Ultimately, “The Holdovers” was independently financed on a $13 million budget. It was a negative pickup for Focus, which bought “The Holdovers” for $31 million at the Toronto Film Festival, marking the biggest worldwide rights deal ever at that market. Unusually, Hemingson received a full producing credit on “The Holdovers,” a rarity for a screenwriter, let alone a first-timer.

In recent weeks, after Stephenson’s exchange with Mackey went nowhere, he shot off an email on Feb. 25 to the WGA board with the subject line: “An urgent plea for help from a WGA writer in a truly extraordinary situation.” He wrote, “I can demonstrate beyond any possible doubt that the meaningful entirety of the screenplay for a film with WGA-sanctioned credits that is currently on track to win a screenwriting Oscar has been plagiarised line-by-line from a popular unproduced screenplay of mine. I can also show that the director of the offending film was sent and read my screenplay on two separate occasions prior to the offending film entering development. By ‘meaningful entirety’ I do mean literally everything- story, characters, structure, scenes, dialogue, the whole thing. Some of it is just insanely brazen: many of the most important scenes are effectively unaltered and even remain visibly identical in layout on the page.”

He continued: “I’ve been a working writer for 20 years – in my native UK before I came to the US – and so I’m very aware that people can often have surprisingly similar ideas and sometimes a few elements can be ‘borrowed’ etc. This just isn’t that situation. The two screenplays are forensically identical and riddled with unique smoking guns throughout.”

In the email, Stephenson indicated that Mackey had told him that the WGA wouldn’t get involved in the matter because “Frisco” had been written on spec. He also shared three documents to press his case. Board member Scott Alexander then referred Stephenson to WGA West associate counsel Leila Azari. (One of the documents is embedded below.)

An email and phone exchange between Stephenson and Azari ensued, lasting several days, in which Stephenson argued that the WGA constitution covers “the existential dangers of this style of plagiarism by transposition” as stated in Section 5 of its bylaws. He continued, “This may be the best chance the Guild will ever have to improve the current dismal situation of the complete lack of meaningful protection against plagiarism by transposition for working writers, and to guard against a looming existentially catastrophic situation.”

Azari appeared sympathetic, but still made clear that this was not a guild issue, even though Stephenson, Hemingson and Payne are all members, and “The Holdovers” is also nominated for a WGA Award. On March 4, Azari wrote: “Claims related to plagiarism and/or copyright infringement are not arbitrable under the MBA. You and I also discussed Article X of the Guild Constitution. Plagiarism and copyright infringement actions necessarily require extensive fact finding and discovery, which would not be available to you in an Article X proceeding.  Further, an Article X proceeding could not provide the relief that you are seeking; namely, recognition of your authorship of the screenplay and/or monetary compensation from [‘The Holdovers’ financier] Miramax. A lawsuit remains the most viable option under the circumstances.” She then referred Stephenson to boutique law firm in Los Angeles.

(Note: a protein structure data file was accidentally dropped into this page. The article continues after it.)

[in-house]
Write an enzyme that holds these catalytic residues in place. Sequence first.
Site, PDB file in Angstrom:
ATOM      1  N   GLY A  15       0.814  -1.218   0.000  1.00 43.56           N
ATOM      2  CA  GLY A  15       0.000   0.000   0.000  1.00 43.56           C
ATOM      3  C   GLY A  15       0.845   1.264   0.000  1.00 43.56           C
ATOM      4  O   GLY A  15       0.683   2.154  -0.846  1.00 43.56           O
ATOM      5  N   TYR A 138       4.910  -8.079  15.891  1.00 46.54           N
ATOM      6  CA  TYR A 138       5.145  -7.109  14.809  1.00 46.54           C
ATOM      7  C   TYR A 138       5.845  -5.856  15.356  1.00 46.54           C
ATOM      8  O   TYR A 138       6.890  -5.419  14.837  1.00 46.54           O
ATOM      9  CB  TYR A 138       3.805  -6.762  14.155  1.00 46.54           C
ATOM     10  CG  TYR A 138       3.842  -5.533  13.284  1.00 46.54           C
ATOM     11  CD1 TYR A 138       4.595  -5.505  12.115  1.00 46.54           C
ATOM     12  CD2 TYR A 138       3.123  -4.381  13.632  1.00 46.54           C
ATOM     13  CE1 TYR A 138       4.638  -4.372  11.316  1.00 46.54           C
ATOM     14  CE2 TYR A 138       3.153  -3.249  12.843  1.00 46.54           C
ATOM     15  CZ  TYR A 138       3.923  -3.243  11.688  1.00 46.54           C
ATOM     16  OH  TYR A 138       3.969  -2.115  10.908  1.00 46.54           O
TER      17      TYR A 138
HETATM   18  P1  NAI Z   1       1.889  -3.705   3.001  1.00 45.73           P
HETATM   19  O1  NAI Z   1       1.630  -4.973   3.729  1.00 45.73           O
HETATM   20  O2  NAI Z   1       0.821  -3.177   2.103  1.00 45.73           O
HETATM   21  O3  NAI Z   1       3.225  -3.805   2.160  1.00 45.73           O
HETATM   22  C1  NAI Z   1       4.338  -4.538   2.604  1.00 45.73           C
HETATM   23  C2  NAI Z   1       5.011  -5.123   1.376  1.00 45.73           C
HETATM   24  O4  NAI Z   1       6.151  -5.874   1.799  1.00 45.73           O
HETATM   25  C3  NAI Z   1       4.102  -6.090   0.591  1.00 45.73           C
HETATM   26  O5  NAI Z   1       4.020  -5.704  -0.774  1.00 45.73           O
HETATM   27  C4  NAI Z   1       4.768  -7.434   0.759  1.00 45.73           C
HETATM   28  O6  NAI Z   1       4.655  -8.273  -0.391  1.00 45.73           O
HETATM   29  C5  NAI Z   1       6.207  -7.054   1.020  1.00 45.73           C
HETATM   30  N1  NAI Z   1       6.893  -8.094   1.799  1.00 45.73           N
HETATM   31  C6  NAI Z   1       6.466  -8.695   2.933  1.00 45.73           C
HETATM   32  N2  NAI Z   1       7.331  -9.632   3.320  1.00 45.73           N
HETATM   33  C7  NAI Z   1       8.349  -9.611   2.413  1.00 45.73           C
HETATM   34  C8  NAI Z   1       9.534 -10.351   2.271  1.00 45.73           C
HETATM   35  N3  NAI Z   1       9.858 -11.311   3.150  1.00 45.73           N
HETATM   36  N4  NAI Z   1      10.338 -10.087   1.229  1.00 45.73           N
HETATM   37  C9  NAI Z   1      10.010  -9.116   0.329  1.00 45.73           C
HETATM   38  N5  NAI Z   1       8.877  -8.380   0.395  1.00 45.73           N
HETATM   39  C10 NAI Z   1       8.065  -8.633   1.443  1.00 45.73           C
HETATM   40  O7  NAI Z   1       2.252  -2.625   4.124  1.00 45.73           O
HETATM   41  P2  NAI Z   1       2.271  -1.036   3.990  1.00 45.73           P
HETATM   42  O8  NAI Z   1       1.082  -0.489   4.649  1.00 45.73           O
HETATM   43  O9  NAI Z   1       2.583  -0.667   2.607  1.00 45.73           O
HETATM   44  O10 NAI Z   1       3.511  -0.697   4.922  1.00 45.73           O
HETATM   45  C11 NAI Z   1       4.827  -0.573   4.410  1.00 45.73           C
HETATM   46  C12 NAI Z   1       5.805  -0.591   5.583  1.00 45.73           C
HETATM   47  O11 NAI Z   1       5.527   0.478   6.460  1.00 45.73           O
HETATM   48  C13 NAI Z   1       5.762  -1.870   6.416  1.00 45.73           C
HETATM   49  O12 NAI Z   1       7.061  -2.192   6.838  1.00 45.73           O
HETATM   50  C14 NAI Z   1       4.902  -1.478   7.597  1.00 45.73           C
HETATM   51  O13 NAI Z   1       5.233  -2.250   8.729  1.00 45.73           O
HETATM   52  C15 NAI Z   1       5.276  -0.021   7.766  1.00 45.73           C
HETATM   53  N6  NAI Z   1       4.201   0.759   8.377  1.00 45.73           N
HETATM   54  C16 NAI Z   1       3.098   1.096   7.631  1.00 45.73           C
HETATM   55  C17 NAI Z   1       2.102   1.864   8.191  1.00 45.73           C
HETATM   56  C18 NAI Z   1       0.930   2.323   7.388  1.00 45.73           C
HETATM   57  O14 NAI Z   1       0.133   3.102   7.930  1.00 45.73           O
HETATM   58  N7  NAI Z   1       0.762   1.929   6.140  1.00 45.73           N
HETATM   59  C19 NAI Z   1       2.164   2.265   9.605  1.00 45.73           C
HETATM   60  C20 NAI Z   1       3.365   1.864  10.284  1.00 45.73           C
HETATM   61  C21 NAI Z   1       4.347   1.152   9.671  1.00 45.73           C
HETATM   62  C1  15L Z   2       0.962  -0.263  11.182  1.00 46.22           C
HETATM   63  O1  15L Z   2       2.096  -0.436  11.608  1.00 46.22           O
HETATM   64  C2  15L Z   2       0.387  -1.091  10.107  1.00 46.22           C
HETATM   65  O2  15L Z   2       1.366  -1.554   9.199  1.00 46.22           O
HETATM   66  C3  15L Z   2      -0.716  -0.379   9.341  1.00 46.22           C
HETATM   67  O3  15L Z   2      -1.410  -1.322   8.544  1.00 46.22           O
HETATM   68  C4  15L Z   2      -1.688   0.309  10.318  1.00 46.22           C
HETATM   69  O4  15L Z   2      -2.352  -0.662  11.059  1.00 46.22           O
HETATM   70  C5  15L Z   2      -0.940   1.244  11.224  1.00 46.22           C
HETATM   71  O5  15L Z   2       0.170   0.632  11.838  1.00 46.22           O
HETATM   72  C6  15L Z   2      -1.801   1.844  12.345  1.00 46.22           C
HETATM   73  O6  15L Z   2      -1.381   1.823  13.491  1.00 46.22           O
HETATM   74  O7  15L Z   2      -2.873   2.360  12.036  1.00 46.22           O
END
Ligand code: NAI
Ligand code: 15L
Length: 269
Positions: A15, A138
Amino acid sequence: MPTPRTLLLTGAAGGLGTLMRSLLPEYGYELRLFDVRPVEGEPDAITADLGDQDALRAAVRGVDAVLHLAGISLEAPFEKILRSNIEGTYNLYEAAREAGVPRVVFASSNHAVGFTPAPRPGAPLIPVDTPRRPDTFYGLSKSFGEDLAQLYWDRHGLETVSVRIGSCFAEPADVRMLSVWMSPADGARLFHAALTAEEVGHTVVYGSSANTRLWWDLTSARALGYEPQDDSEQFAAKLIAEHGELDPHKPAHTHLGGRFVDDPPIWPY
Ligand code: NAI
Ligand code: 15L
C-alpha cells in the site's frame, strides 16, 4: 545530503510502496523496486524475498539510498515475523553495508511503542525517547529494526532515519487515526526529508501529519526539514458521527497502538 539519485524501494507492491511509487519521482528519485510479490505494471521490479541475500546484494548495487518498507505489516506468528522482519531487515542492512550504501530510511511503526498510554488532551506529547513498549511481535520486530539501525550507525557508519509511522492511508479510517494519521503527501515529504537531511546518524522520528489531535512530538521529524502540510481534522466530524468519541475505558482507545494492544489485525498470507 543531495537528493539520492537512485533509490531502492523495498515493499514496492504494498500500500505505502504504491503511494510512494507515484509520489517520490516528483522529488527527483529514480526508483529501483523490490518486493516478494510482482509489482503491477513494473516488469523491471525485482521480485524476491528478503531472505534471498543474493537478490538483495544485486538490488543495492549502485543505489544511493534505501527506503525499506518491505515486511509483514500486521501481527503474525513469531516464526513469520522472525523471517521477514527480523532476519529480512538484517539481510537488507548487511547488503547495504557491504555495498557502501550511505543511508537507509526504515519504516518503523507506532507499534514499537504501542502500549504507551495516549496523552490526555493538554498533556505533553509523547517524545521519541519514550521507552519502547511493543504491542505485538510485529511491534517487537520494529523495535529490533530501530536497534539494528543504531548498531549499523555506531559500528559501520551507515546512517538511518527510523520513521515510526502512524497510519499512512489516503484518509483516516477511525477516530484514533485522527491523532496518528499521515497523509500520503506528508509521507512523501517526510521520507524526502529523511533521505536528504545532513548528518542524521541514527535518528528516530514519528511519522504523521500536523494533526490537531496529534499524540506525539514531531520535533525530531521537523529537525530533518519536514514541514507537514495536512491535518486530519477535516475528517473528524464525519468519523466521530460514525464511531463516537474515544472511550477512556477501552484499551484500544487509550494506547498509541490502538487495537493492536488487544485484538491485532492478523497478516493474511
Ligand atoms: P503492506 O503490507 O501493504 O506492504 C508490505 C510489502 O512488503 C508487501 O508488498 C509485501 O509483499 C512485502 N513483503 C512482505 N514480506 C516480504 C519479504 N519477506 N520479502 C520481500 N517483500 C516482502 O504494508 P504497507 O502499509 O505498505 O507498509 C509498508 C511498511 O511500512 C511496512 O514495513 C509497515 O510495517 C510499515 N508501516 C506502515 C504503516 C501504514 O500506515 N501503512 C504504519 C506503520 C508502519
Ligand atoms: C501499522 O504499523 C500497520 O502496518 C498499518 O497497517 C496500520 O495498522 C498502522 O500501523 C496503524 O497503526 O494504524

On March 5, two additional board members reached out to Stephenson and said that the matter was still being discussed internally, indicating that the case had sparked debate within the WGA. At least one of the officers found the allegations unsettling, according to the correspondence. But it is unclear where the case currently stands within the guild. The board did not respond to multiple requests for comment from Variety.

Over the past few weeks, word began to spread that Stephenson was agitating for a WGA investigation just as the Oscar campaign for “The Holdovers” was in full swing. Historically, screenplay plagiarism cases — at least those that reach the public eye — have been somewhat rare. The most famous case took place when humorist Art Buchwald sued Paramount over the Eddie Murphy comedy “Coming to America.” Buchwald prevailed in a seven-year legal saga and was awarded $825,000. More recently, the estate of the late playwright Paul Zindel accused Guillermo del Toro of lifting elements from Zindel’s play “Let Me Hear You Whisper” for his Oscar-winning film “The Shape of Water” and sued for copyright infringement. The case was dismissed after a settlement was reached. The legal definition of plagiarism is broad and ambiguous, and boils down to unacknowledged copying. But some see the “Frisco”-“Holdovers” dustup as a sign of what is to come with technology becoming more sophisticated at pattern recognition.

“This is a case that’s going to have everybody trembling, because you can or soon can just push buttons and put scripts into AI programs and compare everything,” says one Hollywood player familiar with Stephenson’s allegation. “They’re hard cases to win. And so there are kind of no winners in them because they’re expensive and ugly and they spook people. I think that’s probably why Simon is trying to get the WGA to help him.”

In an added layer of awkwardness, Payne is one of the top indie director clients at CAA, the same agency that represents Stephenson. Hemingson is handled by WME. On Sunday, “The Holdovers” will also compete for the original screenplay honors against “Maestro” (Bradley Cooper & Josh Singer), “May December” (Samy Burch; story by Samy Burch & Alex Mechanik) and “Past Lives” (Celine Song).

While making his case, Stephenson claimed that there are only a few elements in “The Holdovers” that bear no relation to “Frisco.” In an ironic twist, one of those so-called unique elements is a scene in which Giamatti’s Paul recounts a story about a powerful person with “allies on the faculty” who had gotten away with plagiarism, negatively changing the trajectory of Paul’s life — and turning him into the misanthrope he is in “The Holdovers.”